Carpal Tunnel Syndrome

By Christina Morris, L.Ac.

Carpal Tunnel Syndrome (CTS) is becoming a more common condition in today’s society. Carpal Tunnel Syndrome is due to compression or damage of the median nerve, located in the wrist. It is estimated that 1.2 million people consult a physician each year for this condition. Carpal Tunnel Syndrome affects mainly women between the ages of 30 and 60.

Carpal Tunnel Syndrome may occur in one hand or both simultaneously. Symptoms can include numbness, tingling, pins and needles, burning or excruciating pain in the thumb, index, middle, and half of the ring finger. Some people experience shooting pain up the arm and into the elbow and shoulder region. Pain occurs most often at night or in the mornings. Some people wake with pain and swelling of the hands. In the beginning the pain is often intermittent and may become more persistent with time. CTS may lead to a decrease of strength in the hand or hands. Many people with advanced Carpal Tunnel Syndrome have atrophy of the muscle tissue around the region of the thumb.

While the exact cause of this condition is not known, Carpal Tunnel Syndrome has been associated with repetitive strain. This disorder is common in professions that require repetitive use of the hands, but is not limited to these kinds of occupations. Certain factors seem to increase the risk of developing CTS, including obesity, menopause, diabetes, pregnancy, water retension, rheumatoid arthritis, bone dislocation or fracture, tendonitis, heart and renal failure.

There are several tests used to diagnose Carpal Tunnel Syndrome. One simple test is to place the back of the hands together with fingers pointing down, and the elbows pointing out to the sides. The wrists are at 90 degree angles. Hold this position for over a minute. If symptoms occur, the median nerve could be compressed or damaged, although, this test is not 100% indicative. Pain in the wrist and hand from tapping the region of the median nerve may also indicate a positive test for median nerve entrapment or damage. More sophisticated tests include an EMG (electromyography) and nerve conduction velocity. These tests are used to calculate neurotransmission speed, or the speed of nerve impulses in the wrist and read nerve conduction.

There are many therapies available for the treatment of Carpal Tunnel Syndrome. Treatments may include but are not limited to: nutritional support, wearing a splint, acupuncture and herbs, physical therapy, massage, osteopathy, chiropractic care, homeopathy, Feldenkrais or surgery. Medications like nonsteroidal anti-inflammatory drugs may aid in controlling pain and reduce inflammation, but should be avoided during pregnancy. Injections of corticosteroid may help, but seem to provide only temporary relief. Parrafin baths may also decrease pain temporarily and Vitamin B6 has been recommended to relieve symptoms. Additionally, a splint worn during sleep can offer the support needed to decrease pain and inflammation. Acupuncture and herbs have shown to have long term effects in the treatment of Carpal Tunnel Syndrome and can aid in the prevention of surgery. Surgery is often recommended before more conservative treatments have been tried. Surgery should be a last resort, because it is more invasive and it carries higher risks. There is no guarantee with any of these therapies and reoccurrence rates are higher when the underlying cause of the Carpal Tunnel Syndrome has not been treated.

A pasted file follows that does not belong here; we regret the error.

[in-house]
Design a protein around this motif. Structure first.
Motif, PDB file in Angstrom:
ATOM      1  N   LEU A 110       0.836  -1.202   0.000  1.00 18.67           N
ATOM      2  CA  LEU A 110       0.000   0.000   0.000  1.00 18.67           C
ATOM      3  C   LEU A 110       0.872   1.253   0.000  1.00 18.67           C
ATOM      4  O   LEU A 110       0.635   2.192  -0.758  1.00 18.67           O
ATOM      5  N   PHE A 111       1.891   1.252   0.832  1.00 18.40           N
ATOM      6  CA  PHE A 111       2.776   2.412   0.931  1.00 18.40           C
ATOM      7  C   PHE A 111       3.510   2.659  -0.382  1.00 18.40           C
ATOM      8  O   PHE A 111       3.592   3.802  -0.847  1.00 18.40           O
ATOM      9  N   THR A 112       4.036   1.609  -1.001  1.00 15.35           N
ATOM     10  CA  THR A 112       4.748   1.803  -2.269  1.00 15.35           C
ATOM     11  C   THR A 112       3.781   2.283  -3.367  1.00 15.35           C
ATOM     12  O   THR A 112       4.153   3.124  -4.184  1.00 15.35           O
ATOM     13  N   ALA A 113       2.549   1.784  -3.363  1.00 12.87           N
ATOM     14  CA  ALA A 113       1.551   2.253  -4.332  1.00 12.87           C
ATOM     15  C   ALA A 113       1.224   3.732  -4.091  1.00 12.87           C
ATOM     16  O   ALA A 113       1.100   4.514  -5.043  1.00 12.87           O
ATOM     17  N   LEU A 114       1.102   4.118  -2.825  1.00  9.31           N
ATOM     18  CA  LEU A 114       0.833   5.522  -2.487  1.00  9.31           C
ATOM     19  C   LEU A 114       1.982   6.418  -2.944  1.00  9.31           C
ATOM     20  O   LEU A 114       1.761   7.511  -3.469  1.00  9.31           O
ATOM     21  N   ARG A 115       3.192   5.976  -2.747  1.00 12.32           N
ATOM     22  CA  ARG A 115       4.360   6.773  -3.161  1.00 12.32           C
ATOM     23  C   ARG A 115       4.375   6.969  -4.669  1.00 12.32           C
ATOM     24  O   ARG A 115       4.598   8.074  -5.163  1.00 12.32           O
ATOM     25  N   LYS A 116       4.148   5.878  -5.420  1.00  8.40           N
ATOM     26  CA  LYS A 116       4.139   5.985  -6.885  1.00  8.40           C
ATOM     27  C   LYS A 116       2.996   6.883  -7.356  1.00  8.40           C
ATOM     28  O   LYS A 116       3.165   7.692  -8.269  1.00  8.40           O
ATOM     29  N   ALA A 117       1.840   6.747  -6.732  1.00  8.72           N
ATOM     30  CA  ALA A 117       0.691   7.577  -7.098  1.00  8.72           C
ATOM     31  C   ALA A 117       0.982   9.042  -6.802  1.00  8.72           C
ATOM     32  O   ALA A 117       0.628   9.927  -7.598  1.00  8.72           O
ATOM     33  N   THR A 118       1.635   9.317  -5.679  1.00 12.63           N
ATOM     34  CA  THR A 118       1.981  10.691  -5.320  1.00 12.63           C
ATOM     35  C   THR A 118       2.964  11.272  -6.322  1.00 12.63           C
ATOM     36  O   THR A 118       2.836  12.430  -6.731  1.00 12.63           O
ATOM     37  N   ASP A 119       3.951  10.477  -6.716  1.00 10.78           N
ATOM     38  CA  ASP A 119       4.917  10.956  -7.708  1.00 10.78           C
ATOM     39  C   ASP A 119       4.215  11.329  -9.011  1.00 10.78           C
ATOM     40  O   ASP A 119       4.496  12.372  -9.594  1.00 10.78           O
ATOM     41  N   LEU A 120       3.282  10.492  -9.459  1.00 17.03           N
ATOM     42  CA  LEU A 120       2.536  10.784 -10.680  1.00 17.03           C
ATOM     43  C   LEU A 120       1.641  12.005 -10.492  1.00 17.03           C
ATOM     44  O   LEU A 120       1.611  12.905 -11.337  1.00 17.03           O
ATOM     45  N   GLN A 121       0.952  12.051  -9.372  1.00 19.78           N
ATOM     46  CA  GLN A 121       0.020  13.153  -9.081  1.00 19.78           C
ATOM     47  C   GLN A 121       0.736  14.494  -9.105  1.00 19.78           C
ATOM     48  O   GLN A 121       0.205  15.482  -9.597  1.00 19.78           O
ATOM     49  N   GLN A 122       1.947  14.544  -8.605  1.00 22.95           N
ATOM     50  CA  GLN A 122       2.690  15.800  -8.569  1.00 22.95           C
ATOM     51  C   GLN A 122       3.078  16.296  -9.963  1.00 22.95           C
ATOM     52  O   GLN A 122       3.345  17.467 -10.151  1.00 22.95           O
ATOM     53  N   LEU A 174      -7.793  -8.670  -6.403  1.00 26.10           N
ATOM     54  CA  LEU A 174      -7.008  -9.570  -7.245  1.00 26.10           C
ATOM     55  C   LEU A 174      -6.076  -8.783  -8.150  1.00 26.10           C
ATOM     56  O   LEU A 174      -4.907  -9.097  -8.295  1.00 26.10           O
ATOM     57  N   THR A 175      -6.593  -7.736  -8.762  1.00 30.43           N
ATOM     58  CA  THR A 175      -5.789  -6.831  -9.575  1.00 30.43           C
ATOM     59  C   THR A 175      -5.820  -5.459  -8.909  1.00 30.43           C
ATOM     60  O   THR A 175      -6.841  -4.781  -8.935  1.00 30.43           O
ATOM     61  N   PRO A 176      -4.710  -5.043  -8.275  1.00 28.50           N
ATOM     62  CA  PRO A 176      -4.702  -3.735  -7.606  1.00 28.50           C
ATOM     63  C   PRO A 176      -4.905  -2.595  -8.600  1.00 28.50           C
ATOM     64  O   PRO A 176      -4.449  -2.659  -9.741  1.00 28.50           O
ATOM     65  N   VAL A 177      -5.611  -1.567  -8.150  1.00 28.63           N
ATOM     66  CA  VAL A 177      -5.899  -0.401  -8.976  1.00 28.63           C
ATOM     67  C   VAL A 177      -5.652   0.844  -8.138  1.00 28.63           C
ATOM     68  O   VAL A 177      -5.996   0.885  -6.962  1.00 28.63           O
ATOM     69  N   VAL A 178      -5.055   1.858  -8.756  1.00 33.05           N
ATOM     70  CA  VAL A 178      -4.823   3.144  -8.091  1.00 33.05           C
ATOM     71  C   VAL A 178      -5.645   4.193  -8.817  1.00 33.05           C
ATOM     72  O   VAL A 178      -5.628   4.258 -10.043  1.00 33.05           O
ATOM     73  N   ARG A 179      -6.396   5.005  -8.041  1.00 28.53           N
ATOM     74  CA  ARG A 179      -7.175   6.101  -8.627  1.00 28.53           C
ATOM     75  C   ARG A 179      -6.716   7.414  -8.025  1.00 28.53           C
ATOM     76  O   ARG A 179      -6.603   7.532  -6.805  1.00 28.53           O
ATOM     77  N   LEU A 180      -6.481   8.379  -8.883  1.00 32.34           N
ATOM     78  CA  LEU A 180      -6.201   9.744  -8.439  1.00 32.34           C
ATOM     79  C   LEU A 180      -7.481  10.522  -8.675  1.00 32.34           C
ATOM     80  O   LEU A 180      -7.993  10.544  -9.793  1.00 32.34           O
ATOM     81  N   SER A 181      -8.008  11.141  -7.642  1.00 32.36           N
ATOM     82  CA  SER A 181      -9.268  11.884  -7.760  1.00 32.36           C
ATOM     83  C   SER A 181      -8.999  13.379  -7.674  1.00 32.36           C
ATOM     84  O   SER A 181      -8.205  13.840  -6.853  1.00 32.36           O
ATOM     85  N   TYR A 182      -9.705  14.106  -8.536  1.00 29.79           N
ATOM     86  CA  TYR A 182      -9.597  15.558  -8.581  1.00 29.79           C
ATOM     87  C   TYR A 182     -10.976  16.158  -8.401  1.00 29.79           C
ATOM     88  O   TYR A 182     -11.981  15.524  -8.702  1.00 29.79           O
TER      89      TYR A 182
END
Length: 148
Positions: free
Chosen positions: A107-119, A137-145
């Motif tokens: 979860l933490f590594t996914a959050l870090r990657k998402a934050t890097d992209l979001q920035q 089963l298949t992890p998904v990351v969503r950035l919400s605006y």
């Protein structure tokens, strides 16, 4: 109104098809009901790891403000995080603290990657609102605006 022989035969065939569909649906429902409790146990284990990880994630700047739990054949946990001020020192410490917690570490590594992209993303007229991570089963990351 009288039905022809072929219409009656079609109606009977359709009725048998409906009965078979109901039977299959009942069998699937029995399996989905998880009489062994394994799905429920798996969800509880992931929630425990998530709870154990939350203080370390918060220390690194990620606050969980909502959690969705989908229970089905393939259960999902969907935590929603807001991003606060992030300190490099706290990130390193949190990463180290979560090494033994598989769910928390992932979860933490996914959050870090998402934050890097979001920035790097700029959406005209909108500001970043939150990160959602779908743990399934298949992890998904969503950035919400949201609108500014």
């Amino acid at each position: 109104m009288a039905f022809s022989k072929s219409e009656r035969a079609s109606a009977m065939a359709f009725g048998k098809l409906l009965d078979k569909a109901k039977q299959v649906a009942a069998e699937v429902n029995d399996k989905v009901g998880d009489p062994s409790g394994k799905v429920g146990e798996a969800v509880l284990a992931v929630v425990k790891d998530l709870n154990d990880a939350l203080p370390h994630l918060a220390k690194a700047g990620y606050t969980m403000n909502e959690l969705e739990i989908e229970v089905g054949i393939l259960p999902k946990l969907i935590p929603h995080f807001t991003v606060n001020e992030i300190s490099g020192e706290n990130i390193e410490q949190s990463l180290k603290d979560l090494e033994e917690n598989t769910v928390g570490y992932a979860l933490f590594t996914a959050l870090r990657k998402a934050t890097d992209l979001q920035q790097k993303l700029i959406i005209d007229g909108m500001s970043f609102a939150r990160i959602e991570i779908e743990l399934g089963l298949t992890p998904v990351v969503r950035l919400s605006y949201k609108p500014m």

The good news is there are ways to minimize the risk of Carpal Tunnel Syndrome. It is important to stretch and make sure the wrists have adequate circulation. The American Physical Therapy Association recommends a couple of exercises. They are as follows:

  1. Rest one forearm on the table, grasp the fingertips of that hand, and pull back gently. Hold this position for five seconds, then repeat the exercise with the other hand.
  2. Press the palms flat on the table, as if doing a push-up. Lean forward to stretch the forearm muscles and the wrist.

Other exercises that may be beneficial include:

  1. Rotating the wrists in circles for two minutes. Repeat this exercise 3 times a day, with ten repetitions for each hand.
  2. Placing a rubber band around the fingers and pushing out against the resistance of the rubber band. Repeat this exercise 3 times a day, with ten repetitions for each hand.

Certain vitamins and herbs can also be used as preventative measures; they promote overall health of nerve tissue and nerve function, improve and maintain proper circulation and relieve inflammation. Similarly, reducing or eliminating saturated fats and fried foods from the diet may also help decrease inflammation.

Proper posture is also very important. While at a desk sit up straight and keep the arms at a 90 degree angle to the desk. Avoid hyperextension and hyperflexion of the wrists. Preventative measures must be taken to reduce the risks of acquiring Carpal Tunnel Syndrome. Pain and discomfort can be avoided with proper education on prevention and therapies. Enjoy a pain free life!